How Soon Can a Child Learn Math? Part II

As was noted in the previous article, age requirement for beginning mathematics with your child will be depended upon a few things: 1) your readiness to come up with creative ways to teach and command attention and; 2) your willingness to exercise patience and a loving attitude. Early childhood learning, whether its mathematics or reading, works best when abilities are allowed to unfold naturally and isn’t hampered by the pressure of expectations one way or the other.

Below are practical tips for preparing your child’s mind for basic mathematics. These exercises can work well with preschoolers as early as three. However, a child a little younger can also be instructed if the child demonstrates proficiency with the 1 – 10 counting sequence and exhibits an eagerness as well as a quickness for learning. It is essential to utilize good teaching practices particularly for children this age for optimal success.

Institute a routine to impress upon the child that these sessions will indeed become a part of his/her day. All in all, let your intention be to make this an exciting time to begin your child on a productive journey of learning experiences.

Tips for early preparation conducive for creating junior mathematicians:

o Build upon toddler activities of counting using fingers 1-10 by purchasing computer programs, DVDs, workbooks for toddlers – ages 2.5 through 4.

o Using other objects in your environment to count: apples, oranges, toys, etc. During car trips, count the number of a particular color of cars. Count the number of seconds between green and red lights. Do this throughout the day so that it becomes a habit! If the child is not receptive, (ill or temperamental) do not attempt to engage him/her. Remember to associate learning with the good feelings of fun and enthusiasm.

o After they have mastered counting 1 – 10 and are able to do it with ease, make a first attempt at teaching basic addition.

o Introduce basic addition as a new game! Grab a total of 4 oranges (or apples, etc.). Initially keep the sums to numbers under 5.

o Start with one orange. Place it in front of the child and ask him/her how many oranges he/she sees. Confirm pleasantly that it is ONE orange.

o Now grab another orange and state clearly that you will now add another orange. Place it a little apart from the first orange and then ask how many oranges are there? If the answer is TWO oranges – state that he/she is correct and reward with praise. Be sure to give hugs and kisses.

o Here is the important part of the exercise. Slowly enunciate how 1 orange PLUS 1 more orange equals 2 oranges! Get them to comprehend the concept – slowly, calmly and patiently. Never add a negative tone. If you do, the exercise becomes heavy and undesirable; possibly sabotaging a constructive attitude needed for future proficiency in math.

o Add additional oranges (or other fun objects) as learning capacity expands, gradually moving up to sums equal to five.

When complete mastery of basic addition has occurred now would be a good time to introduce workbooks (and other instructional tools) featuring basic addition. Once the child gives cues that he/she is ready to move on, subtraction beginning with differences under 5, could be a next step.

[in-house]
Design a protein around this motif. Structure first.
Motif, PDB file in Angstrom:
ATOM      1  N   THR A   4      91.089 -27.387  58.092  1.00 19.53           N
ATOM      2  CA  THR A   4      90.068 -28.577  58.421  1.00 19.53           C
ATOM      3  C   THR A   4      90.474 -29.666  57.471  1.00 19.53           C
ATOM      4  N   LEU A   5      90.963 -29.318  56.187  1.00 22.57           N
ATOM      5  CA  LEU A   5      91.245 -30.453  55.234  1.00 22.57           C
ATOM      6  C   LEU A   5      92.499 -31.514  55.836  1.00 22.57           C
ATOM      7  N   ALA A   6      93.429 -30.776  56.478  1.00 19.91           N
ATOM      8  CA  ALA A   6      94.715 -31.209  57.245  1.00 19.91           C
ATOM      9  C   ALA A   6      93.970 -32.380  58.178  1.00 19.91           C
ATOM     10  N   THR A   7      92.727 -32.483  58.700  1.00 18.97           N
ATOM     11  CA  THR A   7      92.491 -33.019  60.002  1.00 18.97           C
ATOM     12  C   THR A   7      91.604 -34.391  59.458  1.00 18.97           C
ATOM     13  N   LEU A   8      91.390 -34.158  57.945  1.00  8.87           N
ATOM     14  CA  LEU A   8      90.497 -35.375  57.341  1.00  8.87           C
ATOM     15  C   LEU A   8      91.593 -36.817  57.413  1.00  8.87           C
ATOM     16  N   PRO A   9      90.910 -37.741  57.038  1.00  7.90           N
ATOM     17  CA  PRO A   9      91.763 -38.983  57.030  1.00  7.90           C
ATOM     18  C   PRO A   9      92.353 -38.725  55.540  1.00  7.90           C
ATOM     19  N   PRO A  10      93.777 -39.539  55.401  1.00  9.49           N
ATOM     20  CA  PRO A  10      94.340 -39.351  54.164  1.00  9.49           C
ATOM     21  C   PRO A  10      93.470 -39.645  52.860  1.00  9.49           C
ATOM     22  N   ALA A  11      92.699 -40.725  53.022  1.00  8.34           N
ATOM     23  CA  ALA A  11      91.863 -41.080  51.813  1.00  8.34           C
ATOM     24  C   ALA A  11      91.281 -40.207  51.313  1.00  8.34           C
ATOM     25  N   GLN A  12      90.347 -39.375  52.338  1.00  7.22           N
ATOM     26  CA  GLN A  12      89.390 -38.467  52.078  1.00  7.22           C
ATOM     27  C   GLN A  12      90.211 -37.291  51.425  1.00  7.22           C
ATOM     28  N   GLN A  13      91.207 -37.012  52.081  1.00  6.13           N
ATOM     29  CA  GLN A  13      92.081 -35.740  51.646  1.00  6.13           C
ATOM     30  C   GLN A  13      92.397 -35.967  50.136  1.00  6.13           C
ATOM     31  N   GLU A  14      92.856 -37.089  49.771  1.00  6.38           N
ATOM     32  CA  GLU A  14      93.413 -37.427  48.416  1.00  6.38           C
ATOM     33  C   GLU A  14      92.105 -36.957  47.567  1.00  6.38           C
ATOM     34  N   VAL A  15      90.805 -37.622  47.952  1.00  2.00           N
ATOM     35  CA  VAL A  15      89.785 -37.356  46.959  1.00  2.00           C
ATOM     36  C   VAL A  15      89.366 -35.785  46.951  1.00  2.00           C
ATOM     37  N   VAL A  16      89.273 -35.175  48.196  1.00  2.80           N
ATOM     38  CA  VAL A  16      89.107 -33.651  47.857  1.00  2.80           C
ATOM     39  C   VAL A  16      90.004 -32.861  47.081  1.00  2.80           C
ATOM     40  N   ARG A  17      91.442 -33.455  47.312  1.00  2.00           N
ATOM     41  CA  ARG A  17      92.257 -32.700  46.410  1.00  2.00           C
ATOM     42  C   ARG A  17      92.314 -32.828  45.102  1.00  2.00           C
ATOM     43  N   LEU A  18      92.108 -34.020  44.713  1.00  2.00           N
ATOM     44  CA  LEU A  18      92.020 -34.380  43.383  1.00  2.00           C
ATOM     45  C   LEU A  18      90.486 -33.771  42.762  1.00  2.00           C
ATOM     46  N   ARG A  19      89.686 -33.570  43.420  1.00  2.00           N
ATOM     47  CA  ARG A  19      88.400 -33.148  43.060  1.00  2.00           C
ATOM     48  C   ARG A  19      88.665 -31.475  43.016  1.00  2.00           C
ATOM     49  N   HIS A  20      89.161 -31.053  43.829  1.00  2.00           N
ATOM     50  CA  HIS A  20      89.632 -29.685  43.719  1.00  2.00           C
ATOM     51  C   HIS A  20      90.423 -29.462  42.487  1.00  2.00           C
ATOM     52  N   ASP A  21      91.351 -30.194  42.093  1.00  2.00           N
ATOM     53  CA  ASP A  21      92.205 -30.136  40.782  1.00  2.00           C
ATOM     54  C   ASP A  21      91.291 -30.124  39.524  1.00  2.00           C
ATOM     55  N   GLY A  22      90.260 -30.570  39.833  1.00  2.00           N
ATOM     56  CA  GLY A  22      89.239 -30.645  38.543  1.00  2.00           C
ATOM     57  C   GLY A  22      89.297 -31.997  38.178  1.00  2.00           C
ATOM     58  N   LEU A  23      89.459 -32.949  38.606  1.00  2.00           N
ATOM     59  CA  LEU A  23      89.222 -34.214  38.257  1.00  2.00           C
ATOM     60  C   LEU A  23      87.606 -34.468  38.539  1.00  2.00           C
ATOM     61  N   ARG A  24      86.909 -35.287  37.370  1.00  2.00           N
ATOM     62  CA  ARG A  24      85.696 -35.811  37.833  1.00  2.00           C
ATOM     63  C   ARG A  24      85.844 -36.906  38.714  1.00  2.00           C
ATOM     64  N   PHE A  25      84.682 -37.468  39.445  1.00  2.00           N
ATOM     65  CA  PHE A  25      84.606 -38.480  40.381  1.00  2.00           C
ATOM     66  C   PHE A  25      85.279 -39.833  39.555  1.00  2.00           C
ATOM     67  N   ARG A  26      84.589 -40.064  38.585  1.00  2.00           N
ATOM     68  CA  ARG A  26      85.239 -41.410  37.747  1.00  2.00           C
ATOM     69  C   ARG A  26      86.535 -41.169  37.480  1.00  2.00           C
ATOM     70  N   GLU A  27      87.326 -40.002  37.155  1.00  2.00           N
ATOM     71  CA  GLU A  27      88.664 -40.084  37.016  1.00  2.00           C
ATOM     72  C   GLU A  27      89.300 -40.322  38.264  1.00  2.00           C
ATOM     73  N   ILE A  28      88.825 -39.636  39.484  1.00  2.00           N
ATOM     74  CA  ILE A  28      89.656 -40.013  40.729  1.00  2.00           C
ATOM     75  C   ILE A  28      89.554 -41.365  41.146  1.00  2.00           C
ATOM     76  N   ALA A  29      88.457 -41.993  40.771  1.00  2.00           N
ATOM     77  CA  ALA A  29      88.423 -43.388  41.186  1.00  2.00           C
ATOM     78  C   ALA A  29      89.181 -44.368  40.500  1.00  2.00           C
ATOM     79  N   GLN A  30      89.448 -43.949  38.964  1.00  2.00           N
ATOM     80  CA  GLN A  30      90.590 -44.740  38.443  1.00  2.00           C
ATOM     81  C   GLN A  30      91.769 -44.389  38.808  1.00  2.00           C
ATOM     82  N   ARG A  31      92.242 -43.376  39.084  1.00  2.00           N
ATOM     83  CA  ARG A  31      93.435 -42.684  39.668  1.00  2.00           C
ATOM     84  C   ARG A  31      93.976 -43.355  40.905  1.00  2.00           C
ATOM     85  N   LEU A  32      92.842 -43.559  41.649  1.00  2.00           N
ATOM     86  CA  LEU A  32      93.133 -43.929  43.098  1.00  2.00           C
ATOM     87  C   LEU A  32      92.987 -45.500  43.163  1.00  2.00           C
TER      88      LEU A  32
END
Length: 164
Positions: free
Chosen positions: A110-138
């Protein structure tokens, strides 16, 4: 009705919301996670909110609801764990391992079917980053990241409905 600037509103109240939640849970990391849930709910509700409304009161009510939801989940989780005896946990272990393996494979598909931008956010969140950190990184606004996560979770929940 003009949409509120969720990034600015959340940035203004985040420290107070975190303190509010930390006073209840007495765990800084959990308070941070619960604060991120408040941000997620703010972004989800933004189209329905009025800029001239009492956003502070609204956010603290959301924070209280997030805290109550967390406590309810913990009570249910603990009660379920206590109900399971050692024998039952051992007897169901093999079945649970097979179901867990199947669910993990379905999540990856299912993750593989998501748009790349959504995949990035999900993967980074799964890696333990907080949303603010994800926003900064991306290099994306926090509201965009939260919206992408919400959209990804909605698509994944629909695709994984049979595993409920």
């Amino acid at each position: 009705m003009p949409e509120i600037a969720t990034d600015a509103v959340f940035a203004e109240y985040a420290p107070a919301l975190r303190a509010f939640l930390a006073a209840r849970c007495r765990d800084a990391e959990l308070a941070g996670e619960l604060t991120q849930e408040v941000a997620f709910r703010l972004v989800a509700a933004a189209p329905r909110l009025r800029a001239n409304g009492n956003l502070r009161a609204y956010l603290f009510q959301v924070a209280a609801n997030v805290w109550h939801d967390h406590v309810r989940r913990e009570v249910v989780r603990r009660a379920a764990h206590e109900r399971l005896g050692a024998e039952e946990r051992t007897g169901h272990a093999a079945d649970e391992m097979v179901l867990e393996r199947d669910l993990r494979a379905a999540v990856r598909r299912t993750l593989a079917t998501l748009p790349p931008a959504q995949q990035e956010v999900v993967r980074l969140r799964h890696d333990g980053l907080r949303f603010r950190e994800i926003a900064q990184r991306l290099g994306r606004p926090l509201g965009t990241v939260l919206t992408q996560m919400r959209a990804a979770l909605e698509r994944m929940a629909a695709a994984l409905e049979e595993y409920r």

Just a few more suggestions, if the child has a hard time understanding the concept behind the word PLUS use a substitute like “add ___ more” and so on. The bottom line is to ensure that a basic understanding of addition takes place. Again, keep it fresh and fun by “adding” all kinds of things around the house. Ensure that it becomes a habit by doing it daily! Stop before the child tires of the “game” simply because it creates eagerness.

Research a good kindergarten curriculum to determine which concept to tackle next and don’t hinder with superficial (i.e. age-appropriate curriculums) limits, especially if he/she is content and capable of learning it.

Bear in mind that with early childhood education, especially mathematics – consistency and progression is key!

Homeschooling Pros and Cons – Learn About the Pros and Cons

Making a choice about your child’s schooling takes a lot of thinking and consideration. You need to decide what is the absolute best decision for your child. I hope that the following information about homeschooling will help to guide you in your decision making.

Homeschooling pros:

You decide what your child learns, and when they learn it. This is, I believe, the biggest pro for homeschooling. You decide whether you want your child to learn evolution or creation, Christianity or Islam or no religion, all of the choices are left up to you!

You learn along with you child. You and your child will grow closer to each other as you learn together, and spend practically all day every day together.

In addition to this your child will have your undivided attention compared to being in a classroom with thirty other students.

Homeschooling cons:

Your child will not have the same social life that they would have if they went to a different school. This is, I believe, the biggest con for homeschooling. Your child will not be as comfortable around people other than their family, because they will not be hanging out with other people on a regular basis.

You will need to make a big time commitment. You will be dedicating many hours each day to teaching your child, and therefore will not have as much time left for other things.

No matter what decision you end up making, I hope that you will give this important decision an incredible amount of thought.